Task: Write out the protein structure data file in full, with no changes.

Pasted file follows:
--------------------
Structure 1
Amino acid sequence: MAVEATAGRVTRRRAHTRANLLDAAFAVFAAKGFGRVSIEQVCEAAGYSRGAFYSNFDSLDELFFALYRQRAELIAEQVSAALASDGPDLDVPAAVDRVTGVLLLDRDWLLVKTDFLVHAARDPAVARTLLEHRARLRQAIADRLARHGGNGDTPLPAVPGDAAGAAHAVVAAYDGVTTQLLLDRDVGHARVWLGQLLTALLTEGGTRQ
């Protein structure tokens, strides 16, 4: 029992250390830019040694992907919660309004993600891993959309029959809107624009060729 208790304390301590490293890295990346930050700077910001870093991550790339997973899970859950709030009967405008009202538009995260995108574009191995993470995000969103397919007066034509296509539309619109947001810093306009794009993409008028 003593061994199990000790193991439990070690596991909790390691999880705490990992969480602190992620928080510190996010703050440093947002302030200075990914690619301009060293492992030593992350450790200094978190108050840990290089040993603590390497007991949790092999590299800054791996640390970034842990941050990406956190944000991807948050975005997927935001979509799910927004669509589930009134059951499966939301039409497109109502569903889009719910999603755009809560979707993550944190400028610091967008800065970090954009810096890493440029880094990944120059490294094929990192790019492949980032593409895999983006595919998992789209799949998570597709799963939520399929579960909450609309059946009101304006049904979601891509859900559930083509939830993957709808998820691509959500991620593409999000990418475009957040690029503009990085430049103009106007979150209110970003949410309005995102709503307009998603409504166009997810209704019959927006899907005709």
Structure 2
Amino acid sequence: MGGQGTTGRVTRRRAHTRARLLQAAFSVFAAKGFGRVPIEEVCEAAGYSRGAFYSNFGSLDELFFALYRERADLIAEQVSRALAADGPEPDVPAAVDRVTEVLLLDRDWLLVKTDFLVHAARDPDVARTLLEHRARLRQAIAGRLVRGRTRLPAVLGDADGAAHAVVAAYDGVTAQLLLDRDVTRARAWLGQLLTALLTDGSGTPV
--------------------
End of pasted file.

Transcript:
Structure 1
Amino acid sequence: MAVEATAGRVTRRRAHTRANLLDAAFAVFAAKGFGRVSIEQVCEAAGYSRGAFYSNFDSLDELFFALYRQRAELIAEQVSAALASDGPDLDVPAAVDRVTGVLLLDRDWLLVKTDFLVHAARDPAVARTLLEHRARLRQAIADRLARHGGNGDTPLPAVPGDAAGAAHAVVAAYDGVTTQLLLDRDVGHARVWLGQLLTALLTEGGTRQ
């Protein structure tokens, strides 16, 4: 029992250390830019040694992907919660309004993600891993959309029959809107624009060729 208790304390301590490293890295990346930050700077910001870093991550790339997973899970859950709030009967405008009202538009995260995108574009191995993470995000969103397919007066034509296509539309619109947001810093306009794009993409008028 003593061994199990000790193991439990070690596991909790390691999880705490990992969480602190992620928080510190996010703050440093947002302030200075990914690619301009060293492992030593992350450790200094978190108050840990290089040993603590390497007991949790092999590299800054791996640390970034842990941050990406956190944000991807948050975005997927935001979509799910927004669509589930009134059951499966939301039409497109109502569903889009719910999603755009809560979707993550944190400028610091967008800065970090954009810096890493440029880094990944120059490294094929990192790019492949980032593409895999983006595919998992789209799949998570597709799963939520399929579960909450609309059946009101304006049904979601891509859900559930083509939830993957709808998820691509959500991620593409999000990418475009957040690029503009990085430049103009106007979150209110970003949410309005995102709503307009998603409504166009997810209704019959927006899907005709």
Structure 2
Amino acid sequence: MGGQGTTGRVTRRRAHTRARLLQAAFSVFAAKGFGRVPIEEVCEAAGYSRGAFYSNFGSLDELFFALYRERADLIAEQVSRALAADGPEPDVPAAVDRVTEVLLLDRDWLLVKTDFLVHAARDPDVARTLLEHRARLRQAIAGRLVRGRTRLPAVLGDADGAAHAVVAAYDGVTAQLLLDRDVTRARAWLGQLLTALLTDGSGTPV